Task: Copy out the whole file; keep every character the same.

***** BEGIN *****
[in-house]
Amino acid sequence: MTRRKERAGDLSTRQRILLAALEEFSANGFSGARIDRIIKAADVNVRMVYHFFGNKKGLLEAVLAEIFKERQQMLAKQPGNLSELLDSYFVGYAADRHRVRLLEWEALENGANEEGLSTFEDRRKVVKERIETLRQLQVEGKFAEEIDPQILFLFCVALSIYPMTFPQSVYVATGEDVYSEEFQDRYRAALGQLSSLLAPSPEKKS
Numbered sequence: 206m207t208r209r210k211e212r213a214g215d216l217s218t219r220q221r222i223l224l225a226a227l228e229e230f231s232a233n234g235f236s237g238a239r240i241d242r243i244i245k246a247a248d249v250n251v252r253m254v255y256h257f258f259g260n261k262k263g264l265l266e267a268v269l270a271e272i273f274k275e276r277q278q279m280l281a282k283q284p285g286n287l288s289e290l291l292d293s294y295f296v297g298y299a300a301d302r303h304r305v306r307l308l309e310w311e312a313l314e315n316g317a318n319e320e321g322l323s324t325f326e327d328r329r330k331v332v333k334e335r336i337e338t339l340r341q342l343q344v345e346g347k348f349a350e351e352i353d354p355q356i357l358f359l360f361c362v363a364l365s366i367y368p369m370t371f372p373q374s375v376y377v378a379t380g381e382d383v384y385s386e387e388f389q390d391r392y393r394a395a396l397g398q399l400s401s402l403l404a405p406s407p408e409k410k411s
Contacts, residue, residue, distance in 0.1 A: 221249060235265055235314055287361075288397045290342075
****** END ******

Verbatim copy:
[in-house]
Amino acid sequence: MTRRKERAGDLSTRQRILLAALEEFSANGFSGARIDRIIKAADVNVRMVYHFFGNKKGLLEAVLAEIFKERQQMLAKQPGNLSELLDSYFVGYAADRHRVRLLEWEALENGANEEGLSTFEDRRKVVKERIETLRQLQVEGKFAEEIDPQILFLFCVALSIYPMTFPQSVYVATGEDVYSEEFQDRYRAALGQLSSLLAPSPEKKS
Numbered sequence: 206m207t208r209r210k211e212r213a214g215d216l217s218t219r220q221r222i223l224l225a226a227l228e229e230f231s232a233n234g235f236s237g238a239r240i241d242r243i244i245k246a247a248d249v250n251v252r253m254v255y256h257f258f259g260n261k262k263g264l265l266e267a268v269l270a271e272i273f274k275e276r277q278q279m280l281a282k283q284p285g286n287l288s289e290l291l292d293s294y295f296v297g298y299a300a301d302r303h304r305v306r307l308l309e310w311e312a313l314e315n316g317a318n319e320e321g322l323s324t325f326e327d328r329r330k331v332v333k334e335r336i337e338t339l340r341q342l343q344v345e346g347k348f349a350e351e352i353d354p355q356i357l358f359l360f361c362v363a364l365s366i367y368p369m370t371f372p373q374s375v376y377v378a379t380g381e382d383v384y385s386e387e388f389q390d391r392y393r394a395a396l397g398q399l400s401s402l403l404a405p406s407p408e409k410k411s
Contacts, residue, residue, distance in 0.1 A: 221249060235265055235314055287361075288397045290342075